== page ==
Sean O'Loughlin hopes Shaun Wane picks him for England... but isn't banking on any favours

Sean O’Loughlin is not expecting any favours from his old coach Shaun Wane - as he eyes a place in the England side for the Ashes series.

Wednesday, 12th February 2020, 7:02 am
Updated Wednesday, 12th February 2020, 7:03 am
Sean O'Loughlin was Shaun Wane's captain for his three Grand Final triumphs

Ex-Warriors boss Wane has taken over from Wayne Bennett as national coach for the visit of Australia this year, ahead of the 2021 World Cup.

O'Loughlin, 37, says he "definitely" wants to be involved in this autumn's series against the Kangaroos.

And he may have been heartened by Wane's admission that he will pick him if his form warrants it - even though he plans to retire this year, ruling him out of the World Cup.

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O'Loughlin was Wane's skipper for all three of his Grand Final triumphs with Wigan, as well as the World Club Challenge and Challenge Cup triumphs.

"Whoever is coaching the side, if they wanted me to play then I’d definitely play," said the loose forward, who is the incumbent England captain but wasn't selected for Great Britain's tour Down Under.

"But I know Waney, and if I was to get picked then it’d be on merit.

"If I play well enough he’d pick me, but if I wasn’t he’d have no problem telling me that. That’s exactly what you want - you pick that team on who can perform best at international level and I know Waney will be doing that as well.

"It’s a bit different for me now - in previous years it’s been a target to get in.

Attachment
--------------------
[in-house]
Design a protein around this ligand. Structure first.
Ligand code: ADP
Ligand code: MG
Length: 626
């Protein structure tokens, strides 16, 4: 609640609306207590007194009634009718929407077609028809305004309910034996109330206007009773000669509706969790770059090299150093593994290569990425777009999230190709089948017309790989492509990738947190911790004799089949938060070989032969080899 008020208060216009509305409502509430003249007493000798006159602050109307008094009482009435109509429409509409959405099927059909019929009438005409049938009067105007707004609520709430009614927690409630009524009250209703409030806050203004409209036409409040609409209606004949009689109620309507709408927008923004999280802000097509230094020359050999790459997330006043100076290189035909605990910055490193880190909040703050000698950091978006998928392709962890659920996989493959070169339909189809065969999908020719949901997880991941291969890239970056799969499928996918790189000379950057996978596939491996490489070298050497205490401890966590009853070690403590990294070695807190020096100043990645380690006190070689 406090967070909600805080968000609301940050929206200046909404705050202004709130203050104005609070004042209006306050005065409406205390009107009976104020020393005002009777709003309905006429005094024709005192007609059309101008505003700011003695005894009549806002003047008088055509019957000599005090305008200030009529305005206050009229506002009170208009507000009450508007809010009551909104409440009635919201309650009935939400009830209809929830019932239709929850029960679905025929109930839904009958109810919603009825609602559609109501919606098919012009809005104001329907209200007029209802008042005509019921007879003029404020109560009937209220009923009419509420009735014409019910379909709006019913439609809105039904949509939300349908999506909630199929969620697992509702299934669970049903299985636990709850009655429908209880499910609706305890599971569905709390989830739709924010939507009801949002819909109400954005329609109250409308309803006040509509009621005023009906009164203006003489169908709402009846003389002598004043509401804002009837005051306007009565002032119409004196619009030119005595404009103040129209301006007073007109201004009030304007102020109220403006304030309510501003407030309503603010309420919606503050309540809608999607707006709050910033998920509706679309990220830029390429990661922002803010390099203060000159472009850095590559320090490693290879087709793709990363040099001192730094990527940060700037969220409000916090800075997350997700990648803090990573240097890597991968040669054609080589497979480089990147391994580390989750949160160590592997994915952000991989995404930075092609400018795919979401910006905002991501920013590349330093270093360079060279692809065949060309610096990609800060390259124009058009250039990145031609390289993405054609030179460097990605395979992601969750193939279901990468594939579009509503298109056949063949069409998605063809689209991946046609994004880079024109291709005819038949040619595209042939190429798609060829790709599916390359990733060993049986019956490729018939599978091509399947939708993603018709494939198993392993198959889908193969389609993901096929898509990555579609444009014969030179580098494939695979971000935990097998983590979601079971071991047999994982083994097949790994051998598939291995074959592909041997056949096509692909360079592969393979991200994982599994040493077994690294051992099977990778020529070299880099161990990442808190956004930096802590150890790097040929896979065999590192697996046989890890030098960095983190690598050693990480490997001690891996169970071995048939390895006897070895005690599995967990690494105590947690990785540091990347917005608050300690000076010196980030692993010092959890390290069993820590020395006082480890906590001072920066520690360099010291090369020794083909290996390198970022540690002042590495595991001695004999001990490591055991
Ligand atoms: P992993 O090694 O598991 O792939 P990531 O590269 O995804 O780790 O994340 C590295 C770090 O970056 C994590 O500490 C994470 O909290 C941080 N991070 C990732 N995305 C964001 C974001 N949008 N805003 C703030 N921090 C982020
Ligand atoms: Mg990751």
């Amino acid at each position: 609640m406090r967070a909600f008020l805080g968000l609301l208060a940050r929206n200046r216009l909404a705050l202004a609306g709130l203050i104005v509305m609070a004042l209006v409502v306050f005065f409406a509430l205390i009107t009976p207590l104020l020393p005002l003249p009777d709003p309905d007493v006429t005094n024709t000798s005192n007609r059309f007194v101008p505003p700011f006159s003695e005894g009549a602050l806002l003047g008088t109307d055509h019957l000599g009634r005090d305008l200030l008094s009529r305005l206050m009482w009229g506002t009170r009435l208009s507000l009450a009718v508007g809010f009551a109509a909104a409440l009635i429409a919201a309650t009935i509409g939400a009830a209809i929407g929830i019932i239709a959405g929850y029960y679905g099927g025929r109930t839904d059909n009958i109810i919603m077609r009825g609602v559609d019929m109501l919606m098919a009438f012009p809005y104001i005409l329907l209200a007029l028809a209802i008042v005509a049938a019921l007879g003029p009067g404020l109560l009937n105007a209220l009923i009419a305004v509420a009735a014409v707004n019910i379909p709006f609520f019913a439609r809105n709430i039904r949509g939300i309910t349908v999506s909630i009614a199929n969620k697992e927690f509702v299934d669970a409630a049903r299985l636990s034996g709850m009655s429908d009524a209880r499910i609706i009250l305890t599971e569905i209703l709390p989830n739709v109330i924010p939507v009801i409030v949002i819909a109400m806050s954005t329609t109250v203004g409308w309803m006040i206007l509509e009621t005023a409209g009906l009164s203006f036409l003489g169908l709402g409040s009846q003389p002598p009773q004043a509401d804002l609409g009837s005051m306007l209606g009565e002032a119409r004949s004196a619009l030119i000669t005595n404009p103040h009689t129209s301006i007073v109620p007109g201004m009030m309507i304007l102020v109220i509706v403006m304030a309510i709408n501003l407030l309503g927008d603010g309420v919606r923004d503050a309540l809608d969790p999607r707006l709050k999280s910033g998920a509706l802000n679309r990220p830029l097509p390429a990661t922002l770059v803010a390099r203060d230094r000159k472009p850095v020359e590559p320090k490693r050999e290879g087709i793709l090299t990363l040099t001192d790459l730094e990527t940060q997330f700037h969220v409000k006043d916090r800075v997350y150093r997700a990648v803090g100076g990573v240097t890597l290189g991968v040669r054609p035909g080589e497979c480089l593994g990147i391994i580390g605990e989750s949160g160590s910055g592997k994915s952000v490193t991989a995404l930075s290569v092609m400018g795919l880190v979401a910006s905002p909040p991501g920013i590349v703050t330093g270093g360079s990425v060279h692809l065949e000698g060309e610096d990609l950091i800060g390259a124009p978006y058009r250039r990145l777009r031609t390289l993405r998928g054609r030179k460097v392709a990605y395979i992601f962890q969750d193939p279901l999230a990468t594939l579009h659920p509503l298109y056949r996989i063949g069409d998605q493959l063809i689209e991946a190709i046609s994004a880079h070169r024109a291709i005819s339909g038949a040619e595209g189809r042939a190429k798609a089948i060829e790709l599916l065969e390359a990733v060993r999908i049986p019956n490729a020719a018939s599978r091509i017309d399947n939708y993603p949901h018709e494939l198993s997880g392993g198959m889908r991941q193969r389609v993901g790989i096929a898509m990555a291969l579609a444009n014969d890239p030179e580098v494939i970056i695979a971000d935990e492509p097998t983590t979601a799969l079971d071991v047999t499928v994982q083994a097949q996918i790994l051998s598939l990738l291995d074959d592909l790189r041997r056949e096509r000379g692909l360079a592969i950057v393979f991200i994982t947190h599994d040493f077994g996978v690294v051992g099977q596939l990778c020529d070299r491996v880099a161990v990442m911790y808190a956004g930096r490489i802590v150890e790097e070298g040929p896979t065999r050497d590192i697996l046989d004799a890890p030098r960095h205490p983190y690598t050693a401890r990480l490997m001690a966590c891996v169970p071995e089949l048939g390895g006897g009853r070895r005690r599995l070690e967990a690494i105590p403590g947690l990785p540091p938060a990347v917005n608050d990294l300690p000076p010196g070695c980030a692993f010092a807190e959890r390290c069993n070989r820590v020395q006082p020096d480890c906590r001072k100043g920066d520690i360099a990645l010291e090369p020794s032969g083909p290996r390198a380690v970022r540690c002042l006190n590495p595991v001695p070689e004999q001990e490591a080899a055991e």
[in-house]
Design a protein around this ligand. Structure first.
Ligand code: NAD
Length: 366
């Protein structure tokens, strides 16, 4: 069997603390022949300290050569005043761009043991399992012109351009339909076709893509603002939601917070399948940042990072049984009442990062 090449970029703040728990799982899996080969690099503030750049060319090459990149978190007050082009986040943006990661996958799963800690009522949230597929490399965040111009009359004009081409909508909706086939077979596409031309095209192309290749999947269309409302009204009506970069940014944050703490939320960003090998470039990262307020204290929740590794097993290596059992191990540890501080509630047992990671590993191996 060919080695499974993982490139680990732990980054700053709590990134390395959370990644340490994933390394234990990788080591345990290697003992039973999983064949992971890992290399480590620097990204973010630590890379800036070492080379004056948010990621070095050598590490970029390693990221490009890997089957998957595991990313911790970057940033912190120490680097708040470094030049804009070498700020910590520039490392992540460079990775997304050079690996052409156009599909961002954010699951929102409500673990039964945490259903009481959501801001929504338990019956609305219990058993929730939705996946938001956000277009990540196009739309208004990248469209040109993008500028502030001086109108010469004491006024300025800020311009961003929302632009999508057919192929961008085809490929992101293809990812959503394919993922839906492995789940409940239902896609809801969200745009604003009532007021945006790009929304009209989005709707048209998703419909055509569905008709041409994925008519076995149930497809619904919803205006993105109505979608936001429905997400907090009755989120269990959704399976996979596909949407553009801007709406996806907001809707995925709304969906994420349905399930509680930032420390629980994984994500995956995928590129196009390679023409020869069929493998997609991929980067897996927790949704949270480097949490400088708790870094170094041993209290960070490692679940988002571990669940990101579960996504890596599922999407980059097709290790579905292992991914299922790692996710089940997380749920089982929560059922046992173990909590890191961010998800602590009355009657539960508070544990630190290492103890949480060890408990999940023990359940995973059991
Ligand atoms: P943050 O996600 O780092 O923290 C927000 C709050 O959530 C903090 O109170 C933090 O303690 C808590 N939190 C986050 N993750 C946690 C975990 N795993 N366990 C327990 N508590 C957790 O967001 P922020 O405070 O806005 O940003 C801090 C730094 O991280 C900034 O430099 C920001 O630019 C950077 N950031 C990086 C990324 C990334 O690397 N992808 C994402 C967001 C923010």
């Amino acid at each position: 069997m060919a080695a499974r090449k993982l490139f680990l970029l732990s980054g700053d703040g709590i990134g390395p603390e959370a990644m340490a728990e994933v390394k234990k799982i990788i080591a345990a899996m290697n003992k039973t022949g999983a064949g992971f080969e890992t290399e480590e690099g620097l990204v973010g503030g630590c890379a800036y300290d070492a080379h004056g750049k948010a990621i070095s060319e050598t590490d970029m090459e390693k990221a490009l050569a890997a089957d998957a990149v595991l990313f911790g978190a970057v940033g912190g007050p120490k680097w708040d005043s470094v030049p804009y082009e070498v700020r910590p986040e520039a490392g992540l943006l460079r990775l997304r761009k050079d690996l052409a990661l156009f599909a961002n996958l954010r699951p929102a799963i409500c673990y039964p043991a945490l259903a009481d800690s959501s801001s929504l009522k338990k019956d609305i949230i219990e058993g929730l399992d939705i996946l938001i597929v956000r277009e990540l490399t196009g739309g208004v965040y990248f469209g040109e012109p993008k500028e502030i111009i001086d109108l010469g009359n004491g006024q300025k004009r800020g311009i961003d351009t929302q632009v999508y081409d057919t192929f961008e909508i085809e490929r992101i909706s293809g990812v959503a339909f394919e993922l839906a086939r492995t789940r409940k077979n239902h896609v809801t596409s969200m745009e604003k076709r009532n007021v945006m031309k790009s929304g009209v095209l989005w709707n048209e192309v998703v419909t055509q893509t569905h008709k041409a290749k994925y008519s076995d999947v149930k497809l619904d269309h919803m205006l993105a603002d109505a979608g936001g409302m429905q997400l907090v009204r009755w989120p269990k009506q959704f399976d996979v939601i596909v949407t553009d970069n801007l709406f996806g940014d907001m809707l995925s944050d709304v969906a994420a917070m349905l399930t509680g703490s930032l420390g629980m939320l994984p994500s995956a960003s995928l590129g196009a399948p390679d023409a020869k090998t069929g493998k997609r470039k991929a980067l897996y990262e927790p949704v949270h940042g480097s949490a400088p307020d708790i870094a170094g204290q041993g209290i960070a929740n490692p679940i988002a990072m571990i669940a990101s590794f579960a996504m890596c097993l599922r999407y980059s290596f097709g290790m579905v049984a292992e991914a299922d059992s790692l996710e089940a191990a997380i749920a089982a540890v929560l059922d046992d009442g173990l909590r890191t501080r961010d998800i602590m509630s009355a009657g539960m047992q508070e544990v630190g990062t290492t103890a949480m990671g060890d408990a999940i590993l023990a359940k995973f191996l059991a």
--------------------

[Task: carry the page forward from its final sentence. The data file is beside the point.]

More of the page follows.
"I’d have loved to have played for Great Britain, but missing it was a bonus for me. This year, if I got the opportunity I would do it, definitely.

"But it’s not something I’m setting my stall out for now, at my stage of my career."

O'Loughlin, set for a coaching role with Wigan when he hangs up his boots, praised Wane's predecessor.

"I was a big fan of my time under Wayne and working with him," he said.

"He brought a lot to it. As a player I learned a lot from him, and hopefully going into coaching, to see some of the stuff he does I learned from that as well.

"I was a bit disappointed for him, but for Waney to get the role I think he’s made for it.

" He’s been out of the game for a couple of years and he’ll have been itching to get back. The England role is very well suited for him - he’s passionate about his roots and about his rugby.

"I know it’s not a day-to-day role when you get your hands on the players, but he’ll invest a lot of time into it.

"He’ll have his eye on the World Cup in 2021 and will feel it’s something achievable for him and the team. He’ll be focused on getting the best out of all the players and just get to know them all as well. Because he hasn’t got the club ties he can go around and visit all the clubs and the coaches.

"He’ll already have relationships with a lot of them but can get to know the players that he’s maybe not met before. I think he’ll enjoy the role but I think the players will enjoy being coached by him as well.

“I saw him on the Saturday before the appointment and he was telling me about it. I was buzzing for him. With not being involved for the sport for a couple of years I think he’s missed it, and getting this opportunity now he’ll definitely be doing his best to make it his."